One of the first white rock & rollers to record for a major label (Columbia), Sid King (born Sid Erwin) was also one of the first young Southern musicians to go from Western swing to rockabilly in the mid-'50s. Erwin grew up in the Dallas-Fort Worth area. He sang and played guitar at school, and while still in his mid-teens he began appearing on local radio with a friend, Melvin Robinson. The duo eventually took over the program, and Erwin and Robinson (who also played steel guitar and sax) formed a band, bringing in Erwin's brother Billy Joe on lead guitar, Ken Massey on bass, and David White on drums.
The group, by then known as the Western Melody Makers, stuck to playing country and Western swing in their gigs and radio appearances, but they were listening to lots of records by black artists. They were signed to Starday Records in 1954 and recorded a handful of songs, but these yielded no hits. They subsequently got a contract with Columbia Records and rechristened themselves the Five Strings. Erwin, in turn, changed his name to Sid King, all for the sake of a rhyming moniker, Sid King & the Five Strings.
The Columbia sessions show just how far afield from country the group's listening had gotten. Their harmonies, the high-compression beat of their playing, and their choice of songs, coupled with Jim Beck's hard, up-front mixing of the rhythm section, made them, for a time, one of the hotter rockabilly acts outside of Memphis. They weren't as wild as the Sparkletones, but within Columbia Records' stable of artists, their music (along with that of the Collins Kids) constituted a tiny corner of rockabilly validity. Hearing their stuff today, they could have been fair rivals to Bill Haley & His Comets or Carl Perkins, with a sound midway between the two.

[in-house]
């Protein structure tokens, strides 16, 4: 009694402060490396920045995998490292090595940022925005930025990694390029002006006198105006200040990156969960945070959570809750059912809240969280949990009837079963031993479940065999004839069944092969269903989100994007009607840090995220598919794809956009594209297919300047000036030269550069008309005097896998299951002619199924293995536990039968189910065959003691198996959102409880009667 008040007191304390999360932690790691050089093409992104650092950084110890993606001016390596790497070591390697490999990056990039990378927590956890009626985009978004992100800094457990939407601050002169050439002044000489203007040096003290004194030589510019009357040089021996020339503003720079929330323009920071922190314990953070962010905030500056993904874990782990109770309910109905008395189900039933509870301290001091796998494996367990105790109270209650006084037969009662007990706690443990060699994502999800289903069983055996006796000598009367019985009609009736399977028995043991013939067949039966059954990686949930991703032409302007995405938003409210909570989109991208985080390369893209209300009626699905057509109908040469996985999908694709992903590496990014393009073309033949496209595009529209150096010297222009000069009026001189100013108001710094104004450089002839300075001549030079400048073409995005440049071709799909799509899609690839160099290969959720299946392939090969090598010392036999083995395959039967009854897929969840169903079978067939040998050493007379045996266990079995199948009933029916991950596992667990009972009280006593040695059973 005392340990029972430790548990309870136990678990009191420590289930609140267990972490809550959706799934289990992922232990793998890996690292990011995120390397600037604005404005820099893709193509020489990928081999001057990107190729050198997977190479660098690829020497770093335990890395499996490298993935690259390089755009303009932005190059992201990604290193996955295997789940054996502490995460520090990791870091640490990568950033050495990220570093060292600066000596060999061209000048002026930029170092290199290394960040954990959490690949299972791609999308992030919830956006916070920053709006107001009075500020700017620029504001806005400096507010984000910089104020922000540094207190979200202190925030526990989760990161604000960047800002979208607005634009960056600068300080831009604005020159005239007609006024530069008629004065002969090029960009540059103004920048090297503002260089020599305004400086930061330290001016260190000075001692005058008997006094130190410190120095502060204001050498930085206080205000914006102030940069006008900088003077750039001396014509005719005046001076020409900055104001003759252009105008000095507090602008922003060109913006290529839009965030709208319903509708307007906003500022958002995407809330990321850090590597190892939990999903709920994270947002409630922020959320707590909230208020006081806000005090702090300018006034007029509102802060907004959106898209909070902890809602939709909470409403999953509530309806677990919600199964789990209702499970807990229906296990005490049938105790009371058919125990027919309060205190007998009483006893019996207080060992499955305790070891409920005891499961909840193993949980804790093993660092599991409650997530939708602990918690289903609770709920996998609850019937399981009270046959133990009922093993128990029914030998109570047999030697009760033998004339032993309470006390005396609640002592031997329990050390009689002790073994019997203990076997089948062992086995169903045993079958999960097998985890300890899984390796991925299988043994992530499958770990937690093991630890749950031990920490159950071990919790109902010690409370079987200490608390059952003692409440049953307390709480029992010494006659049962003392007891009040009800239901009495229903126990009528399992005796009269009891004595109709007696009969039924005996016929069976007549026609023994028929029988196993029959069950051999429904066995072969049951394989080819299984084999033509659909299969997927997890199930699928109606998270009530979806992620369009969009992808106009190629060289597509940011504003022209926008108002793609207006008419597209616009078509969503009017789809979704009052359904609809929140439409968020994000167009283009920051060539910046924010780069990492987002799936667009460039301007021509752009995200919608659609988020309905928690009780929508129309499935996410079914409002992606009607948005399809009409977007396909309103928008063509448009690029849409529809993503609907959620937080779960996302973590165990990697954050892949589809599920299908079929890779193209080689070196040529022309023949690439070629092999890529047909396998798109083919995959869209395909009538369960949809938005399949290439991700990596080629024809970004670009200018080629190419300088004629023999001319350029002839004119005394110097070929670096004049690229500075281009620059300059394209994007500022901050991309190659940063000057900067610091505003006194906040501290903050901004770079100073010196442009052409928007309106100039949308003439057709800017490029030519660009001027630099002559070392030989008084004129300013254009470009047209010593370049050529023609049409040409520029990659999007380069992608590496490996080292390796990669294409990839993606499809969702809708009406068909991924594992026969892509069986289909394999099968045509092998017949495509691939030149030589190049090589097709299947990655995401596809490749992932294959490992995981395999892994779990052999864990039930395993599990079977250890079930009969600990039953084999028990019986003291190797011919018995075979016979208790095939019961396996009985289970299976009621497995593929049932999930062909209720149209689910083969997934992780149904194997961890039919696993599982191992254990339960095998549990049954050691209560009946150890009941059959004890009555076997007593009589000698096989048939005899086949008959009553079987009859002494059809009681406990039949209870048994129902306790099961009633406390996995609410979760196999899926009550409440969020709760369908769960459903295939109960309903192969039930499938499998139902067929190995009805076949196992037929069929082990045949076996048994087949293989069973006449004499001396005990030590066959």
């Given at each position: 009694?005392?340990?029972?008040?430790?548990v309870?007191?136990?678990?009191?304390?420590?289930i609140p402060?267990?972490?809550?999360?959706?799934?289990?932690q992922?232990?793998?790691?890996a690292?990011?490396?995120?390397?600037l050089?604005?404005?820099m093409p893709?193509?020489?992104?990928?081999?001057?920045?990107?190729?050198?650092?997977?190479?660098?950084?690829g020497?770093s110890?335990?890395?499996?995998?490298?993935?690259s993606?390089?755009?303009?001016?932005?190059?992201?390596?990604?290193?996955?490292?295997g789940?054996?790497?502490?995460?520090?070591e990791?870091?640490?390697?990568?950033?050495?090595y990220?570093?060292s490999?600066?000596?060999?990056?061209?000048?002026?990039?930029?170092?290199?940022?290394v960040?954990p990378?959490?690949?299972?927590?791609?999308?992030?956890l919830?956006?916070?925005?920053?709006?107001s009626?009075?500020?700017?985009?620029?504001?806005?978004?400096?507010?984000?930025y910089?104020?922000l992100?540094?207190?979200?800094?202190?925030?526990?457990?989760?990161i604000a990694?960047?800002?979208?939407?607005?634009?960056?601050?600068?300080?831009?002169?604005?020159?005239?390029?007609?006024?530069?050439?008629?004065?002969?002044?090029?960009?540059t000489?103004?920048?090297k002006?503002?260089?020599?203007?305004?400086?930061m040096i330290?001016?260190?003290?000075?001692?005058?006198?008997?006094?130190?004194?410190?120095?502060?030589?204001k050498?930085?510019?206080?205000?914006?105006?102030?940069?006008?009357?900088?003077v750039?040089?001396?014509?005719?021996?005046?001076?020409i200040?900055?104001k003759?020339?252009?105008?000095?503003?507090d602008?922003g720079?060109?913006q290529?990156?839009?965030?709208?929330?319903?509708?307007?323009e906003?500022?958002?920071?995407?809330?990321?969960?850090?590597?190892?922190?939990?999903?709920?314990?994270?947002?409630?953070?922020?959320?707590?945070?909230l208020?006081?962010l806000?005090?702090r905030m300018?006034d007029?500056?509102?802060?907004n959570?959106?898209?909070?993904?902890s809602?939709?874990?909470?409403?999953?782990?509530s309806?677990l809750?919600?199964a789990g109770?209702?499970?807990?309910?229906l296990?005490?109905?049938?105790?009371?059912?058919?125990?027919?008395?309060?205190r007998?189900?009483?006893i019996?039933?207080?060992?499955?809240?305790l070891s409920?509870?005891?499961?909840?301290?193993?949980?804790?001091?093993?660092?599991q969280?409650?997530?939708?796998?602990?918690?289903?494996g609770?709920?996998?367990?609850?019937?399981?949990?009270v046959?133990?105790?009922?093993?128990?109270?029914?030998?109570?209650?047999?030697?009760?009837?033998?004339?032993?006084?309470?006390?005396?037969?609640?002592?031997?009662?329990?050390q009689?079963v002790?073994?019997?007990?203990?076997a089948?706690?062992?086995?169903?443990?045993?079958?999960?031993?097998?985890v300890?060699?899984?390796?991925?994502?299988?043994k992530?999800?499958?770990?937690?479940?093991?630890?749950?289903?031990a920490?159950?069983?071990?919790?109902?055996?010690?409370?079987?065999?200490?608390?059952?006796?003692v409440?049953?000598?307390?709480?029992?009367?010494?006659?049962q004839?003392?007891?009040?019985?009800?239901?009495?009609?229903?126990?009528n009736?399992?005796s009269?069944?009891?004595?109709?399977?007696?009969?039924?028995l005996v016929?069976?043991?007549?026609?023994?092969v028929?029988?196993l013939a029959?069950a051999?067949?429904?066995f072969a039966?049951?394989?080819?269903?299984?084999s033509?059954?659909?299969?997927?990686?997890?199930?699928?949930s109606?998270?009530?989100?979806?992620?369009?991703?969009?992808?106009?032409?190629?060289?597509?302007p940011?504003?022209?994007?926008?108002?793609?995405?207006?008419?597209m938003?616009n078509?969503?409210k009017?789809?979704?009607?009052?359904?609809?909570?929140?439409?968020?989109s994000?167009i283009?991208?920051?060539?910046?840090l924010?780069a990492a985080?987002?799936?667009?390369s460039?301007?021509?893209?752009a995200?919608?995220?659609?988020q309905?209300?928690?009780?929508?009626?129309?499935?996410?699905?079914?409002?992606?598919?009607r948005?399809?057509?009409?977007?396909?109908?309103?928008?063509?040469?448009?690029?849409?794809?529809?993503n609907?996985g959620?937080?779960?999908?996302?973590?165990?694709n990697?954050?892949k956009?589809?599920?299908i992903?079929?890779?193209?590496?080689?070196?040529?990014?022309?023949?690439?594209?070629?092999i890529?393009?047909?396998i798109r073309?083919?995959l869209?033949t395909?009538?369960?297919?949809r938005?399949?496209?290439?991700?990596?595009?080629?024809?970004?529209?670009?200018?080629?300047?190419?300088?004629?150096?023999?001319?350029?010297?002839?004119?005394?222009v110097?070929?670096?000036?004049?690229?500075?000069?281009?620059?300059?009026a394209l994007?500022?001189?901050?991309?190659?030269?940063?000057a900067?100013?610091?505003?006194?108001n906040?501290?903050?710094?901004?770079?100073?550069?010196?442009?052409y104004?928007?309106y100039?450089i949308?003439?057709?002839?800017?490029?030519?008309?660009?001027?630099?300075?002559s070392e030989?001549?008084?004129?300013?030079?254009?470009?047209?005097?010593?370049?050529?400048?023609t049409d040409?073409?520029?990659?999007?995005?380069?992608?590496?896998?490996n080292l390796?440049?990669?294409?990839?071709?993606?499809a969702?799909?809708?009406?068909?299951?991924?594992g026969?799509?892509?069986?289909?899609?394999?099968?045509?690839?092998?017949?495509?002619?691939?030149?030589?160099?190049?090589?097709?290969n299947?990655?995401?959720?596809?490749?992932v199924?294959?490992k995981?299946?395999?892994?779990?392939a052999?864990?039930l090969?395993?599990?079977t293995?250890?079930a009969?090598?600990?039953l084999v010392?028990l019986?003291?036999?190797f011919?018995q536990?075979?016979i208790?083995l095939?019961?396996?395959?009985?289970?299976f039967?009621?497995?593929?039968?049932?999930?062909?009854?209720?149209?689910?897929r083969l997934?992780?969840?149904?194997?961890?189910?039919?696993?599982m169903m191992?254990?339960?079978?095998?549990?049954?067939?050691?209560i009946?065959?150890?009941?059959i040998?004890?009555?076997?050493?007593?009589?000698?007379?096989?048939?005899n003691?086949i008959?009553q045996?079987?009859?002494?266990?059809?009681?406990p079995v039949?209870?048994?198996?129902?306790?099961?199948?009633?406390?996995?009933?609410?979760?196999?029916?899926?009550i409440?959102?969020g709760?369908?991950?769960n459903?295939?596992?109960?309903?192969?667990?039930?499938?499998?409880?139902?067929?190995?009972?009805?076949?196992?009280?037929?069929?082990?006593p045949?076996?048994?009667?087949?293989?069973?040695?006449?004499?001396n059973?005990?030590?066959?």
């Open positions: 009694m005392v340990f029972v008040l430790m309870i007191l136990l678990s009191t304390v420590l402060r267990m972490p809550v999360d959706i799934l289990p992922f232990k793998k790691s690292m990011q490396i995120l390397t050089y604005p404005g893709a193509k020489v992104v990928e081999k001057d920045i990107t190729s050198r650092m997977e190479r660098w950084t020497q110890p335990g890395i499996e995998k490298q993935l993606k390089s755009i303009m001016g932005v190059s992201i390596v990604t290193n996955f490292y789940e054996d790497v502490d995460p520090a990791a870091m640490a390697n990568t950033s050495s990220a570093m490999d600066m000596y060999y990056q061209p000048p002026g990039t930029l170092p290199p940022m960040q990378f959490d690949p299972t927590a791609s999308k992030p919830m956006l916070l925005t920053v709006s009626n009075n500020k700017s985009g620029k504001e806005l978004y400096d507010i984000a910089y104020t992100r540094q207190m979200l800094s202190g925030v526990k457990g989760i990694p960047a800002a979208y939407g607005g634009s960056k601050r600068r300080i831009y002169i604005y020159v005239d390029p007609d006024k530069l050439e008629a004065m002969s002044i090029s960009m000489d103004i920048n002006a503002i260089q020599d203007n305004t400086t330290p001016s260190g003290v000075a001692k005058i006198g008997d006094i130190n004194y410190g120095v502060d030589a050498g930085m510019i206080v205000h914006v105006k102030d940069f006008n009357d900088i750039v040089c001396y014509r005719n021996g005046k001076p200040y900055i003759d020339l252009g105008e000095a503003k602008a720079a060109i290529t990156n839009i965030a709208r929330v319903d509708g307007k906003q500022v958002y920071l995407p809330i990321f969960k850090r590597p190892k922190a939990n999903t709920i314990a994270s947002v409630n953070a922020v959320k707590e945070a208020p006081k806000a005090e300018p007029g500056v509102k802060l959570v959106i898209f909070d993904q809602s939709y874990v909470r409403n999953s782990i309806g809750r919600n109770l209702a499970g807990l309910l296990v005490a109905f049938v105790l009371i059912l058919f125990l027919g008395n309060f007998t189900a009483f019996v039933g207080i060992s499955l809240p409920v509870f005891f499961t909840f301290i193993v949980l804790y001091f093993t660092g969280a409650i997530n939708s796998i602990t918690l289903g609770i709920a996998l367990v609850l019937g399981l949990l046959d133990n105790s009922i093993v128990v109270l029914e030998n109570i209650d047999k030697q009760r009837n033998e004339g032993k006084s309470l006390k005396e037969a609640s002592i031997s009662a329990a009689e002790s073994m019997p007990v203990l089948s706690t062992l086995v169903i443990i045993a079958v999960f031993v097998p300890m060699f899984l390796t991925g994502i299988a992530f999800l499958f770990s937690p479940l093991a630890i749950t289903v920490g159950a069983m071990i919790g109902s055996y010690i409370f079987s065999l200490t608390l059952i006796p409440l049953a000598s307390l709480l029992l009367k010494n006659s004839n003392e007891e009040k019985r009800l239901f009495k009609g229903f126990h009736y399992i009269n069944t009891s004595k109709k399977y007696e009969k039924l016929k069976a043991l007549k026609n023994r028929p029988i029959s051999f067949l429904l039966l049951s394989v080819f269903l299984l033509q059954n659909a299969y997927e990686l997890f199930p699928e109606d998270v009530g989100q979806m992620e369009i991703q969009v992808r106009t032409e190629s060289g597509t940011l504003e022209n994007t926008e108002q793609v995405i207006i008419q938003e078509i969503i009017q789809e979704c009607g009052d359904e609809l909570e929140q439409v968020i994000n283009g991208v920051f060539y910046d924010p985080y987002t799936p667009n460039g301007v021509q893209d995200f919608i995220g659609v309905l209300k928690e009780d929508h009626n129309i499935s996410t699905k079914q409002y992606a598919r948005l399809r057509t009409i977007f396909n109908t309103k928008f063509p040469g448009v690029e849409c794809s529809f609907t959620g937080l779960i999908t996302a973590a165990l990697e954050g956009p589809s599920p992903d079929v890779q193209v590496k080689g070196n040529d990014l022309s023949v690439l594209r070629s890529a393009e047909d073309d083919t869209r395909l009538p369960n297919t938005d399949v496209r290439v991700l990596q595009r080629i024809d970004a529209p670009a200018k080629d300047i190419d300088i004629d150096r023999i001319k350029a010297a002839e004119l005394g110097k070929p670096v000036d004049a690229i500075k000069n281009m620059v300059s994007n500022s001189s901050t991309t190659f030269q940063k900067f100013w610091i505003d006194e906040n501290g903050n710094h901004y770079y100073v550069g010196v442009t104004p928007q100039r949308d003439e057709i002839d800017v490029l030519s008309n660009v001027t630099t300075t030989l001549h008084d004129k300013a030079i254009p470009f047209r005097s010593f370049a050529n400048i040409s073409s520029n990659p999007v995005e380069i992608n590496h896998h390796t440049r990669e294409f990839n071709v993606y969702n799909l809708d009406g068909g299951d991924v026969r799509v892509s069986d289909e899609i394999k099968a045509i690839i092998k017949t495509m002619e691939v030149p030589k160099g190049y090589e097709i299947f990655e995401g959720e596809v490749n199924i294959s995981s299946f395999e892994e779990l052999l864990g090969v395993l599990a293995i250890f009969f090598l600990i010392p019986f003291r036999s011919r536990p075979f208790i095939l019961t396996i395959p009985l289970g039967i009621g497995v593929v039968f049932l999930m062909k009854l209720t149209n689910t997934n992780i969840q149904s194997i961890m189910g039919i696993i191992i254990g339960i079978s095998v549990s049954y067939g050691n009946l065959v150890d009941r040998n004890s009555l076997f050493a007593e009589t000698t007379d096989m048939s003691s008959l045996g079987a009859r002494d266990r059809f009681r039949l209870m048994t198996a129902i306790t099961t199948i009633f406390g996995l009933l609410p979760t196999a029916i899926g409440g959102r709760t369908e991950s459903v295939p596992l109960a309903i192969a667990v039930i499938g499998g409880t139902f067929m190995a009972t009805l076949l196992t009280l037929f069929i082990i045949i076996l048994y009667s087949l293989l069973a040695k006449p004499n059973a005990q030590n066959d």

Sid King & the Five Strings were featured on the Louisiana Hayride alongside Elvis Presley and Johnny Horton and inherited "Ooby Dooby" from Roy Orbison (competing head to head with the latter's Sun version), but they never had the success of those whose paths they crossed. Their success was still confined to Texas, and by 1957 their Columbia contract had ended. The group's sound had also softened by that time, and their music no longer had the same edge, so by 1958 the band had called it quits.
King saw recording activity on his own in the early '60s on the Dot label through his acquaintance with Pat Boone, a fellow native of Denton whom he'd met years earlier, but by 1965 he was out of the music business. He resumed performing part-time in the 1980s, drawn back to the stage by a new generation of Europeans eager to hear authentic American rockabilly.
He never quite jumped into rock head over heels, nor did he ever break through to a national audience. The only vintage King available on CD domestically is an interesting, but not wholly representative, set of radio broadcasts from the mid-'50s that are closer to hillbilly than rockabilly. His Columbia recordings have been reissued in Germany on Bear Family's Gonna Shake This Shack Tonight. ~ Richie Unterberger & Bruce Eder, Rovi